What to Know About Monkeypox

Yale Health is closely monitoring the global monkeypox outbreak. The information below summarizes:

  • Monkeypox: what it is, its symptoms, how it is treated, and how to prevent infection
  • Vaccine to prevent infection
  • How to protect yourself and others

Information about the monkeypox outbreak is continually being updated by the Centers for Disease Control and Prevention (CDC) and the Connecticut State Department of Health.


What is monkeypox and how is it spread?

Monkeypox is a viral infection (MPX) caused by the monkeypox virus, which is related to smallpox though much less severe. Historically endemic in west and central Africa, monkeypox is currently occurring in over 83 countries including the United States. Most states in the US are reporting cases states in the US are reporting cases and a Connecticut state dashboard is updated weekly on Tuesdays.

While identified cases are currently very low, they are rising, and the federal government has declared monkeypox a public health emergency.

Monkeypox spreads primarily through close skin-to-skin contact with the infectious rash or lesions. Other less common ways the virus is spread is through contact with an infected persons respiratory secretions or touching objects or fabrics that have come in contact with infectious lesions. Most cases to date have been related to sexual activity in the prior 1-3 weeks. At this time, monkeypox is not known to spread by the airborne route or by people who do not have symptoms.


What are the symptoms? 

Symptoms of monkeypox include flu-like symptoms, sore throat, enlarged lymph nodes, and a rash that can look like pimples, bumps, or blisters. Lesions may appear on the face, inside the mouth, or other parts of the body including hands, feet, genitals, or anus and rectum. The lesions may be itchy or painful and may be associated with rectal pain or bleeding. 

Individuals are infectious until lesions are fully resolved, which can take 2- 4 weeks. A person with monkeypox should isolate at home until lesions have healed, scabs have fallen off, and a fresh layer of skin has formed. Patients need to wear a mask and avoid skin or mucosal contact with household members and mammalian pets.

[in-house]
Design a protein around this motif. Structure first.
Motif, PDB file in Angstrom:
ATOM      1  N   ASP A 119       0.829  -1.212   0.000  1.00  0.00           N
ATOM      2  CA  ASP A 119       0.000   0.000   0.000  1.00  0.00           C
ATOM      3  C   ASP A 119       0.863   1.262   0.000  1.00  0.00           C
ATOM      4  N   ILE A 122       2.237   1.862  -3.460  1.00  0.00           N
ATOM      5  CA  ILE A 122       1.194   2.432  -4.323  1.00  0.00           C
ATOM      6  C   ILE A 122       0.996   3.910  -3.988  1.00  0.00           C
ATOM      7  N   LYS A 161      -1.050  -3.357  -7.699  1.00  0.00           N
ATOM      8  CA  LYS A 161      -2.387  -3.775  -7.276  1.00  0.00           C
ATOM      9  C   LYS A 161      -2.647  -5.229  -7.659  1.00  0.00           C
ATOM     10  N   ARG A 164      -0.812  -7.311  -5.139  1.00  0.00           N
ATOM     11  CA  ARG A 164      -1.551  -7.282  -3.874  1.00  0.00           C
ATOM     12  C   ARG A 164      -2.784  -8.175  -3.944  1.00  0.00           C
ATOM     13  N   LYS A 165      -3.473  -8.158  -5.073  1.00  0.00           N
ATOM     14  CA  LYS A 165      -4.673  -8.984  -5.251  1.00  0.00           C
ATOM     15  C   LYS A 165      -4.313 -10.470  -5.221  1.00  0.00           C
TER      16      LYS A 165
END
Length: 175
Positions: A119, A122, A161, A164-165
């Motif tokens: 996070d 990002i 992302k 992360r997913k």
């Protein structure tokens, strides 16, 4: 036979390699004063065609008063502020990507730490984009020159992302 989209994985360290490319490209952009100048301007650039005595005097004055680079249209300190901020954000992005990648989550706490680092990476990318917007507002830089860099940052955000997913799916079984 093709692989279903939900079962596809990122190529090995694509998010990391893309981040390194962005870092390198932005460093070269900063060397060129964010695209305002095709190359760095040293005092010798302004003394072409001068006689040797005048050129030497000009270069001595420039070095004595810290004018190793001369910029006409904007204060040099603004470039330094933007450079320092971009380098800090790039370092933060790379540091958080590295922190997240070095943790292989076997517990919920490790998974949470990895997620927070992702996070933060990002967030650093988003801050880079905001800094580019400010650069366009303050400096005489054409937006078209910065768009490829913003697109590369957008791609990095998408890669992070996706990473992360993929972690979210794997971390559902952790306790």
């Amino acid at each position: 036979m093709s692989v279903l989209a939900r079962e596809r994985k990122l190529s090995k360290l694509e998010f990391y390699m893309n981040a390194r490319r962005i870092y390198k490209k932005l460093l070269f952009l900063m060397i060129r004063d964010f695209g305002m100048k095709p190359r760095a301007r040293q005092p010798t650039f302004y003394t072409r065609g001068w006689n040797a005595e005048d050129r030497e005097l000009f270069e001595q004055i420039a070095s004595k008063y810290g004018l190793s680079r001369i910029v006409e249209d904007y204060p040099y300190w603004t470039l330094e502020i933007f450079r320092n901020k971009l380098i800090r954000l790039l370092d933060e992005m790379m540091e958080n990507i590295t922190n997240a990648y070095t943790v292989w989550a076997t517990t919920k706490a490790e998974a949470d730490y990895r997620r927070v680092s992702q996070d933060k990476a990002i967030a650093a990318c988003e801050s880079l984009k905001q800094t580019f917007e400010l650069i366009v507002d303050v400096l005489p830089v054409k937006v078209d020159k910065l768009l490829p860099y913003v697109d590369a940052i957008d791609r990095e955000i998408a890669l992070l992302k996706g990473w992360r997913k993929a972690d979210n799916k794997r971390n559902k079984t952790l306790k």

What should I do if I have symptoms?

Contact your healthcare provider as soon as possible to be tested. Specimens for testing must be obtained by a healthcare provider, who will swab a lesion and submit the sample to either a commercial lab or the state of Connecticut for testing. Results may take several days to process.

Yale Health is prepared to provide clinical evaluation, testing, and vaccination guidance for members. Please call your primary care provider if you develop symptoms of monkeypox or have been exposed. Those with other insurance should seek care through their own healthcare provider.


Who is at risk of infection?

Anyone can get monkeypox if they have been exposed. Currently, monkeypox is disproportionately affecting some gay and bisexual men, transgender and non-binary people. Infection is not limited by gender or sexuality and can spread to anyone where there may be close, personal and often skin-to-skin contact. Behaviors linked to higher risk of monkeypox transmission include multiple sex partners and anonymous sexual encounters in the previous 1-3 weeks.